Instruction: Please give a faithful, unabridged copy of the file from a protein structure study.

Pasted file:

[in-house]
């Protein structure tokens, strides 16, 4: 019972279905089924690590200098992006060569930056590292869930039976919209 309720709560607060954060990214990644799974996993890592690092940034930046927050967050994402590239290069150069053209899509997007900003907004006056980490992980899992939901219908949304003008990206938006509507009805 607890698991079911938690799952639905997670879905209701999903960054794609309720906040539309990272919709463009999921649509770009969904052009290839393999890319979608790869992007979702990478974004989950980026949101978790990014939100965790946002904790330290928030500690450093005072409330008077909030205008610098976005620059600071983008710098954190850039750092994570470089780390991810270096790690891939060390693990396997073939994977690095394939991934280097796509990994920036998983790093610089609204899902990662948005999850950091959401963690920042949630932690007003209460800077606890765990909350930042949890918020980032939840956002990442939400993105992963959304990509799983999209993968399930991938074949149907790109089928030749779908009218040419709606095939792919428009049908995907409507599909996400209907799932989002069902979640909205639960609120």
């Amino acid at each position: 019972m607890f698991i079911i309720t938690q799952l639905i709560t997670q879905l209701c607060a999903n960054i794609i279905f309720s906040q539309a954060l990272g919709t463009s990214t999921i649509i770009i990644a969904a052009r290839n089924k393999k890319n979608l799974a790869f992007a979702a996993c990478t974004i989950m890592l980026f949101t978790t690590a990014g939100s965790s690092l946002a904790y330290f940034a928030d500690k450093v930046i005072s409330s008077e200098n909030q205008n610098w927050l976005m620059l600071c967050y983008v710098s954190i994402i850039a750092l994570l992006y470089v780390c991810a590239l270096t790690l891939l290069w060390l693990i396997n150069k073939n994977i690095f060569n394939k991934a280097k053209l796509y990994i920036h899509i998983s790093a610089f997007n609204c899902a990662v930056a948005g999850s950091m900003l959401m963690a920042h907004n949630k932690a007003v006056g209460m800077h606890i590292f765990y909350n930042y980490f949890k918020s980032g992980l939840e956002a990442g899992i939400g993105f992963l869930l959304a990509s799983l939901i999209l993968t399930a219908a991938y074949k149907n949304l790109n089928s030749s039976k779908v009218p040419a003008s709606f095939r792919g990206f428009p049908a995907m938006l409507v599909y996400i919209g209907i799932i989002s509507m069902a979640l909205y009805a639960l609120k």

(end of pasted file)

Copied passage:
[in-house]
């Protein structure tokens, strides 16, 4: 019972279905089924690590200098992006060569930056590292869930039976919209 309720709560607060954060990214990644799974996993890592690092940034930046927050967050994402590239290069150069053209899509997007900003907004006056980490992980899992939901219908949304003008990206938006509507009805 607890698991079911938690799952639905997670879905209701999903960054794609309720906040539309990272919709463009999921649509770009969904052009290839393999890319979608790869992007979702990478974004989950980026949101978790990014939100965790946002904790330290928030500690450093005072409330008077909030205008610098976005620059600071983008710098954190850039750092994570470089780390991810270096790690891939060390693990396997073939994977690095394939991934280097796509990994920036998983790093610089609204899902990662948005999850950091959401963690920042949630932690007003209460800077606890765990909350930042949890918020980032939840956002990442939400993105992963959304990509799983999209993968399930991938074949149907790109089928030749779908009218040419709606095939792919428009049908995907409507599909996400209907799932989002069902979640909205639960609120």
């Amino acid at each position: 019972m607890f698991i079911i309720t938690q799952l639905i709560t997670q879905l209701c607060a999903n960054i794609i279905f309720s906040q539309a954060l990272g919709t463009s990214t999921i649509i770009i990644a969904a052009r290839n089924k393999k890319n979608l799974a790869f992007a979702a996993c990478t974004i989950m890592l980026f949101t978790t690590a990014g939100s965790s690092l946002a904790y330290f940034a928030d500690k450093v930046i005072s409330s008077e200098n909030q205008n610098w927050l976005m620059l600071c967050y983008v710098s954190i994402i850039a750092l994570l992006y470089v780390c991810a590239l270096t790690l891939l290069w060390l693990i396997n150069k073939n994977i690095f060569n394939k991934a280097k053209l796509y990994i920036h899509i998983s790093a610089f997007n609204c899902a990662v930056a948005g999850s950091m900003l959401m963690a920042h907004n949630k932690a007003v006056g209460m800077h606890i590292f765990y909350n930042y980490f949890k918020s980032g992980l939840e956002a990442g899992i939400g993105f992963l869930l959304a990509s799983l939901i999209l993968t399930a219908a991938y074949k149907n949304l790109n089928s030749s039976k779908v009218p040419a003008s709606f095939r792919g990206f428009p049908a995907m938006l409507v599909y996400i919209g209907i799932i989002s509507m069902a979640l909205y009805a639960l609120k």